End user devices (handsets) register with the existing ANSI-41/MAP core network using the standard procedures to the HLR. The authentication procedures use exactly the same messages and protocols, just encapsulating the data inside SIP messages. This is partly because the SIP protocol does not support the same CAVE authentication mechanism that legacy CDMA mobiles support.

Access control of individual users (i.e. deciding which handsets/users are allowed to use each femtocell) is handled directly by the femtocell access points. These “white lists” are downloaded and configured using the TR-069 device management protocol by the operator systems themselves.

It is currently being debated whether carriers prefer this access control to be handled by a central AAA server. This approach is seen as more useful in enterprise/business environments where large numbers of users need to be managed. For the home, a short list of allowed users held in the femtocell access point is seen as more appropriate.

Packet data sessions work independently

Packet data authentication is already separate from the ANSI-41 voice network standard. Signaling is routed through to the PDSN (Packet Data Service Node) which handles this directly.

The IMS core is used to authenticate the femtocell itself

With the IMS architecture, the HSS is used to authenticate devices. This is effectively a superset of the HLR found in GSM and CDMA core networks, but in this case is used to register and validate only the femtocell access point itself – there are no end users/subscribers provisioned into the HSS and no subscriber services linked to it.

Only one SIP session is setup between the femtocell and the Femtocell Convergence Server. Each additional voice call would create an additional dialog within these sessions. This is because the SIP/IMS has no knowledge of individual users or handsets and only keeps track of the femtocell access points themselves. 

Phase 2 CDMA femtocell standards will follow

A revised version of these standards documents, known as Phase 2, will add additional features. This is likely to include aspects specifically for enterprise (business) femtocells, and specifically interworking with office telephone systems, such as IP-PBX. The likely architecture for this will be to add more functionality into the SIP client within the femtocell so that it can communicate directly with the office IP-PBX using SIP.

The probable timeframe for the published CDMA femtocell Phase 2 standards is likely to be late in 2010.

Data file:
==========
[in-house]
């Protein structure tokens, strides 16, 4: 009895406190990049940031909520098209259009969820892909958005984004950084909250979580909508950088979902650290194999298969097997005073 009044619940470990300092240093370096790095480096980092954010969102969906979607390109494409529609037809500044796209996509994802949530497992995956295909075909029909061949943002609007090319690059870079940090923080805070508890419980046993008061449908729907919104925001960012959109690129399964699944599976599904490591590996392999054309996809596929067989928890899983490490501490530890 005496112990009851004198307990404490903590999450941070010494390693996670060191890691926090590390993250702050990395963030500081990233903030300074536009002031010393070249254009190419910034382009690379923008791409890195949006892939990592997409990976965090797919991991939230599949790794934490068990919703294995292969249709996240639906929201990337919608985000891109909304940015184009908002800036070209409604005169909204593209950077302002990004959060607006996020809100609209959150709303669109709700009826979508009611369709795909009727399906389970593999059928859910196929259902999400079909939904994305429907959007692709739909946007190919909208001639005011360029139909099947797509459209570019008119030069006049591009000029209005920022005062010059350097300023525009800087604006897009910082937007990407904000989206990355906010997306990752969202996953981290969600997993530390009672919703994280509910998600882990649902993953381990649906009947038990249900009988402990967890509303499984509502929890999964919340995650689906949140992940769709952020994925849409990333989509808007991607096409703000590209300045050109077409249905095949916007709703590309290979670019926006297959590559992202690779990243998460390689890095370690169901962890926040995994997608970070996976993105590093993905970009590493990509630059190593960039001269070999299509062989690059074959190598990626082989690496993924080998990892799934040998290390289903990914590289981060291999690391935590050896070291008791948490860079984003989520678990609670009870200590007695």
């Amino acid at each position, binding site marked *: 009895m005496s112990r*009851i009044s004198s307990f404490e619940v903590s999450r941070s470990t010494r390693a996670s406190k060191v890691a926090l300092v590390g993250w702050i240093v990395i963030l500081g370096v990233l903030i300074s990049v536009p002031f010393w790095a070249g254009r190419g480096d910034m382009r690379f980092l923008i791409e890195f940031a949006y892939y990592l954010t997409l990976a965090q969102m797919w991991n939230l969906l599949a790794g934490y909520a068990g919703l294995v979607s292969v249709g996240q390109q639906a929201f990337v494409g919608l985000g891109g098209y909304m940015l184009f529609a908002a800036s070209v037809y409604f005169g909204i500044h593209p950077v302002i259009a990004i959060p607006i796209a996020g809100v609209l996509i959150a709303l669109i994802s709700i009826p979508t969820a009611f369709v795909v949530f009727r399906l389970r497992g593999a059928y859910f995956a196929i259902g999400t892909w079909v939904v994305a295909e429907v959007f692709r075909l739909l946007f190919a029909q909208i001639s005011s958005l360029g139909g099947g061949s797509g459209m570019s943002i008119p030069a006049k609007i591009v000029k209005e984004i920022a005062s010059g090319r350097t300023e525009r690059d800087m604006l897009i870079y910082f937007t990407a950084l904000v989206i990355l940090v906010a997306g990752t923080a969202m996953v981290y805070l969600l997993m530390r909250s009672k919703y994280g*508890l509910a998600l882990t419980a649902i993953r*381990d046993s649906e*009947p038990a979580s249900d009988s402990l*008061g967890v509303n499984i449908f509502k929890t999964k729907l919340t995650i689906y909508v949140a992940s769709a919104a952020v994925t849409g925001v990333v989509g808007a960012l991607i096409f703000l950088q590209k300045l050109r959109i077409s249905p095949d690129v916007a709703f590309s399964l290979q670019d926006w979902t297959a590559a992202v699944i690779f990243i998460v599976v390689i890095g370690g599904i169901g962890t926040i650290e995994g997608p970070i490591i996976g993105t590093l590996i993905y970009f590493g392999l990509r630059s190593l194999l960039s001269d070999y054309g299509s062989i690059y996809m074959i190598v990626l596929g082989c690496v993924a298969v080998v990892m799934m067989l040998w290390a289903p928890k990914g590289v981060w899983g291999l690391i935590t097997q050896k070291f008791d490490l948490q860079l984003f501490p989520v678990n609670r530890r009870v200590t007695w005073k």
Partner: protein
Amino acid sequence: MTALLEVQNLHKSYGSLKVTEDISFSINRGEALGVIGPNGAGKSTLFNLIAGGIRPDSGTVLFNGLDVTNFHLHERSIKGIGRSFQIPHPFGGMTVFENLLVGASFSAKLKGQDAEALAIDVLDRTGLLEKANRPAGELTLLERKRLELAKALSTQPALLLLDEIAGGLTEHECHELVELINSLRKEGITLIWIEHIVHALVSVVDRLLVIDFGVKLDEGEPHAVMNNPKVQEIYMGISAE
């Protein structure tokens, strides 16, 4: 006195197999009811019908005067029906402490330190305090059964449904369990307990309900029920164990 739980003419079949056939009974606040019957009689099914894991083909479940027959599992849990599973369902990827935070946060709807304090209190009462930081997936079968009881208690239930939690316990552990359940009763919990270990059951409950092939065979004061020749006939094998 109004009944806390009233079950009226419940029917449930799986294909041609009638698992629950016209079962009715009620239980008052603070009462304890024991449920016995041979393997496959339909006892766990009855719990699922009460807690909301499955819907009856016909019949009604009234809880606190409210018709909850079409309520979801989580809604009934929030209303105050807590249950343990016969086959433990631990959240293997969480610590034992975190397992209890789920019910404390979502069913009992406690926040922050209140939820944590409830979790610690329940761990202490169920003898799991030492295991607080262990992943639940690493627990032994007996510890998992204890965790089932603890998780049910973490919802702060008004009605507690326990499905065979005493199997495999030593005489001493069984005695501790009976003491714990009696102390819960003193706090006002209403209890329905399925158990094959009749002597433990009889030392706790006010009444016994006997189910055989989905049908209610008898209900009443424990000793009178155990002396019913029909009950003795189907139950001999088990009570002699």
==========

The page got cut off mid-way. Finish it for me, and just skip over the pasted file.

The 3G CDMA femtocell standard uses a SIP/IMS core network is a very simple way, effectively using it to pass through most of the current signaling messages to the existing 2G/3G core network. This means that all the current services and features of 3G (E911, SMS text messaging, location etc) are available in the same way. It also allows the operator to take a small step towards wider deployment of the IMS network, which is positioned as the long term core network for all telephony services, wireless and wired.

My thanks to Doug Knisely, VP Technology for Airvana and Femto Forum board member and to Phil Brown, Standards Architect at Tatara Systems. Both are very active key players in the 3GPP2 standards body and briefed me on the content of this article. 


IMS: IP Multimedia System. A new core network standard based on IP supporting multiple sessions and accessible from any IP connection, wireless or wired. Think of it as enabling Skype or MS Communicator, with video, file sharing, chat – but working between any phone/computer on any IP network.

SIP: Session Initiation Protocol. A standard used to setup and teardown communication sessions (such as phone calls, video calls etc). Designed to replace the existing telephony protocols such as SS7 and ISDN. This is the protocol used within IMS to setup and teardown all sessions.

CDMA: Code Division Multiple Access. A mobile phone technology popular in North America, Japan and Korea.

ANSI-41: A standard which defines the core network and signaling protocols used to make/receive calls for CDMA networks.

FCS: Femtocell Convergence Server. An interworking gateway which emulates a mobile voice switch (MSC) and an IMS application server, translating between both worlds to deliver existing 3G voice services to femtocells in an IMS environment.